The Centers for Medicare & Medicaid Services raised eyebrows when it proposed lower Medicare Advantage reimbursement rates for 2016, but the proposal isn't all bad news for Medicare Advantage plans.
The Department of Justice has requested information from Humana regarding risk adjustments assigned to Medicare Advantage beneficiaries, according to an annual report the insurance company filed to the Securities and Exchange Commission.
The Centers for Medicare & Medicaid Services claim that its proposal to cut Medicare Advantage reimbursement rates by 0.95 percent in 2016 will not impact insurers' revenue, but industry experts say the changes will hit their bottom lines.
The Centers for Medicare & Medicaid Services has proposed a 0.95 percent decrease in Medicare Advantage reimbursement rates for 2016. However, risk-scoring adjustments should give payers a 1.05 percent increase in total revenue, CMS said.
In what is believed to be the first case of its kind in South Florida, prosecutors are pursuing criminal fraud charges against a physician that overcharged Medicare Advantage plans. The case has pulled the health plan into the spotlight as it attempts to stave off spending cuts.
The healthcare industry continues to evolve in the post-Affordable Care Act market. A new Avalere Health report has summarized four key trends that will impact insurers this year as they update their business models to remain profitable and competitive.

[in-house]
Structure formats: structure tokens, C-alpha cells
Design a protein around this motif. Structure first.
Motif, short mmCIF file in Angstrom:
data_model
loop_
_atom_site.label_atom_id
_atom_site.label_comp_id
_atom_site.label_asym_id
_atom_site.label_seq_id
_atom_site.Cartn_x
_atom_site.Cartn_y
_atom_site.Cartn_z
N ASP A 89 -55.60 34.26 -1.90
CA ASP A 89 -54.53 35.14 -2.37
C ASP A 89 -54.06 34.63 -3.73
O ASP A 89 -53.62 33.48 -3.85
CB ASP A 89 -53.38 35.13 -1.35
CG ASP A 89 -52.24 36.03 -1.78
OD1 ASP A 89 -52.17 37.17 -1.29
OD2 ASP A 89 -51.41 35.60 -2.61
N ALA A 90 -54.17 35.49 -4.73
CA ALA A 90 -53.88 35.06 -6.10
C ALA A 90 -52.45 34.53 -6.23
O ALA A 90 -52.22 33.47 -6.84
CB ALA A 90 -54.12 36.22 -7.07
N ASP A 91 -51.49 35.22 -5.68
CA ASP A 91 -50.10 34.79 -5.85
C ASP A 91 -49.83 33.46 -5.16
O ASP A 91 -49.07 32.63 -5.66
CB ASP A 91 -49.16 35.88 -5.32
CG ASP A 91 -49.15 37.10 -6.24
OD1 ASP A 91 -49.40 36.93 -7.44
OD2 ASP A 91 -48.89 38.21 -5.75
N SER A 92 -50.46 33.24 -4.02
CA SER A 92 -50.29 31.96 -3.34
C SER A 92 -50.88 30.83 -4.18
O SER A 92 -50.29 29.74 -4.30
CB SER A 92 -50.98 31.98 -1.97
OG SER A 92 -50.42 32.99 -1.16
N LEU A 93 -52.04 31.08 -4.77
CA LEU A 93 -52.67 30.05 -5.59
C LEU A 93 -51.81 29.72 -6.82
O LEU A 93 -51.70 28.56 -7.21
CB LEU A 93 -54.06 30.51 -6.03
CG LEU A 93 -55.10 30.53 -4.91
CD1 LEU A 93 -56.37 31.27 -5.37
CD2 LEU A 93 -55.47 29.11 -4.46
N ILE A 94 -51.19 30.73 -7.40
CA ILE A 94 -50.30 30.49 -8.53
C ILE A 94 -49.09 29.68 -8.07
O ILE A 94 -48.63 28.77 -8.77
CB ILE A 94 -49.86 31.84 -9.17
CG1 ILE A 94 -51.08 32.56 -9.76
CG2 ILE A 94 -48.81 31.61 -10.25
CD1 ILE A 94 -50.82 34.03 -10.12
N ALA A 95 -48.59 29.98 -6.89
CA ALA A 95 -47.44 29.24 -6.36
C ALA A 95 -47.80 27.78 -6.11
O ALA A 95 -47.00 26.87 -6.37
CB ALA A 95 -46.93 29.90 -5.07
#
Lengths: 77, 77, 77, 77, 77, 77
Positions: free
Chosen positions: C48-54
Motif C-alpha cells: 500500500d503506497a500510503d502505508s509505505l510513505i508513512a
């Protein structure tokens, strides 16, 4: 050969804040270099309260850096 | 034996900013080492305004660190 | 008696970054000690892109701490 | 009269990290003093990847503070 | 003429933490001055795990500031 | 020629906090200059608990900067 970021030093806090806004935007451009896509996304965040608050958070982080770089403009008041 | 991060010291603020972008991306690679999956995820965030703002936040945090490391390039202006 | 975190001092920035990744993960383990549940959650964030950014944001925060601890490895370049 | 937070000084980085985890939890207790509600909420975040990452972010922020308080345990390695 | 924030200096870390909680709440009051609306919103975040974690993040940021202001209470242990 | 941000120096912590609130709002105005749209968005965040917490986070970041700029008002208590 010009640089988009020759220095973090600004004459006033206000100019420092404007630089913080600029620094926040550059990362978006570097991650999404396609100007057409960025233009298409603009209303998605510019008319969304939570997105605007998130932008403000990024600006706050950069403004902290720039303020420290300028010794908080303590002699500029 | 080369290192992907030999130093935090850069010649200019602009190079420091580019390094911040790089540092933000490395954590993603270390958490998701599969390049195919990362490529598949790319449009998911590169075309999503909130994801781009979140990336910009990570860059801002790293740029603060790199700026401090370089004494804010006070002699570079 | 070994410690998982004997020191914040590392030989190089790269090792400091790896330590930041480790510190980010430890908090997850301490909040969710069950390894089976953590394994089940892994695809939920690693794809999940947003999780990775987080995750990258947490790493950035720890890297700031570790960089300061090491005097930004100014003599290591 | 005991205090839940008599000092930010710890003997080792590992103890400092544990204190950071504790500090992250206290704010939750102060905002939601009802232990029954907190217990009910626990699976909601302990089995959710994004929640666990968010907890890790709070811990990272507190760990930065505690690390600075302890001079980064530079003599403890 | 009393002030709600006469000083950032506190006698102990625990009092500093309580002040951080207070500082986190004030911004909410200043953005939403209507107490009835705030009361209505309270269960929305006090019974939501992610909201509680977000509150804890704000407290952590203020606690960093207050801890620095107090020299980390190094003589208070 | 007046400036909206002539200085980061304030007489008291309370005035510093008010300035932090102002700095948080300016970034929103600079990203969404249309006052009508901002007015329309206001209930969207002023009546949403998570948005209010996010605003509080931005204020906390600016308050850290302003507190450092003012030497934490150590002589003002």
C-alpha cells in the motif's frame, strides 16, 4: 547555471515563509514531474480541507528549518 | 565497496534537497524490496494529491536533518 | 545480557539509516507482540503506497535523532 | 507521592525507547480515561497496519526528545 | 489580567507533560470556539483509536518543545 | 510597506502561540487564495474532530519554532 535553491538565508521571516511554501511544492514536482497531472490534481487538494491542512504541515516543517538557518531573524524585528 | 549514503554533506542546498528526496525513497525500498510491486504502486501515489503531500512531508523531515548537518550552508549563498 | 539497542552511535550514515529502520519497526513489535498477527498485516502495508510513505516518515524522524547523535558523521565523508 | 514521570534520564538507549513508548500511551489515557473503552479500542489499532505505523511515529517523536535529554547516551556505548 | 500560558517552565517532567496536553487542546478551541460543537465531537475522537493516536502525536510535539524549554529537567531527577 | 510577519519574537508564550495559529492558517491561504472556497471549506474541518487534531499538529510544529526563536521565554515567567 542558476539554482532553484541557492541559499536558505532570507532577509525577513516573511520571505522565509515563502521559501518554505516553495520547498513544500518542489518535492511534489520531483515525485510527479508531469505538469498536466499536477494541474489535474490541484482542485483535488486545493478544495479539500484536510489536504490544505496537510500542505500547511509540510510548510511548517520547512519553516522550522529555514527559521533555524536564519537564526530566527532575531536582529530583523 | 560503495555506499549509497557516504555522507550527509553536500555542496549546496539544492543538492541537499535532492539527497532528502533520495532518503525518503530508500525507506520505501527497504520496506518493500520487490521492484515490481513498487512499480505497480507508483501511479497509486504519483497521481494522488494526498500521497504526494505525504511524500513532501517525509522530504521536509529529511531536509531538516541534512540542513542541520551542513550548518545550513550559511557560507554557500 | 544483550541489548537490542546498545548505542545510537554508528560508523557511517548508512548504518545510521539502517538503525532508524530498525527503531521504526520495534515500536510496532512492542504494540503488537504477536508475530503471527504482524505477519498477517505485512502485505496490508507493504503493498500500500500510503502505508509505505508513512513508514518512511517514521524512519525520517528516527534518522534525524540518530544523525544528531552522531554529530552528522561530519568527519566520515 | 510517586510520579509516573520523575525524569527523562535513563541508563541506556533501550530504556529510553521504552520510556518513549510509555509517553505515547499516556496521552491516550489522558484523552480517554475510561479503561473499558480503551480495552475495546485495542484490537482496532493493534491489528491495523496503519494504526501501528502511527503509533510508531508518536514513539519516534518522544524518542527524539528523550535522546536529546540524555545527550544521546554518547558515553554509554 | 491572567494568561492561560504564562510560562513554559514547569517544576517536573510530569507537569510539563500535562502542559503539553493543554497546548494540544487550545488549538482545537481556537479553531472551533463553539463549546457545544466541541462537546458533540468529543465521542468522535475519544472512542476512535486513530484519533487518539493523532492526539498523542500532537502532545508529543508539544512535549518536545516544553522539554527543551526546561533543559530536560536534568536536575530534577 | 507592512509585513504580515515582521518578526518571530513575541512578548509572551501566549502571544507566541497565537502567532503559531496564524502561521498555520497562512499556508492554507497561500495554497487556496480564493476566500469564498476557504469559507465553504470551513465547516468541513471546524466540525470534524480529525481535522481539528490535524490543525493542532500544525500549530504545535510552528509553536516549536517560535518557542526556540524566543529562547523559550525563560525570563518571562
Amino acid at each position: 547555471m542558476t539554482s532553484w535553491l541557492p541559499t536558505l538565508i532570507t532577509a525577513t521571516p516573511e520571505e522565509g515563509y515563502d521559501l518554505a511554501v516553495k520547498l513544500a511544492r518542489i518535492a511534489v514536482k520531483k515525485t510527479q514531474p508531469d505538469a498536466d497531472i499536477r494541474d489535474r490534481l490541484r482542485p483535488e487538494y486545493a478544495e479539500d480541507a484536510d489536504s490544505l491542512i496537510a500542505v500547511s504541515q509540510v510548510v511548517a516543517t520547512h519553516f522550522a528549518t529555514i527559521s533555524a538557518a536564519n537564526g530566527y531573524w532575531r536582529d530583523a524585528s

Medicare Advantage is an increasingly popular choice among eligible consumers--including those who are already enrolled in traditional Medicare. In fact, at least half of new Medicare Advantage enrollees switched from Medicare each year.
Insurers are readying efforts to fight back against another round of Medicare Advantage cuts that are expected to come next month. But the campaign to keep Medicare Advantage payments stable may be harder than last year due to the post-midterm election political environment.
If Medicare Advantage plans drop significant amount of providers from their networks, their affected members can leave those plans and enroll instead in traditional Medicare.
Back in 2009, the Congressional Budget Office predicted that Medicare spending would be $706 billion in 2014. But spending will end up amounting to $580 billion. A number of factors contributed to this $126 billion gap, according to a new analysis from the Kaiser Family Foundation.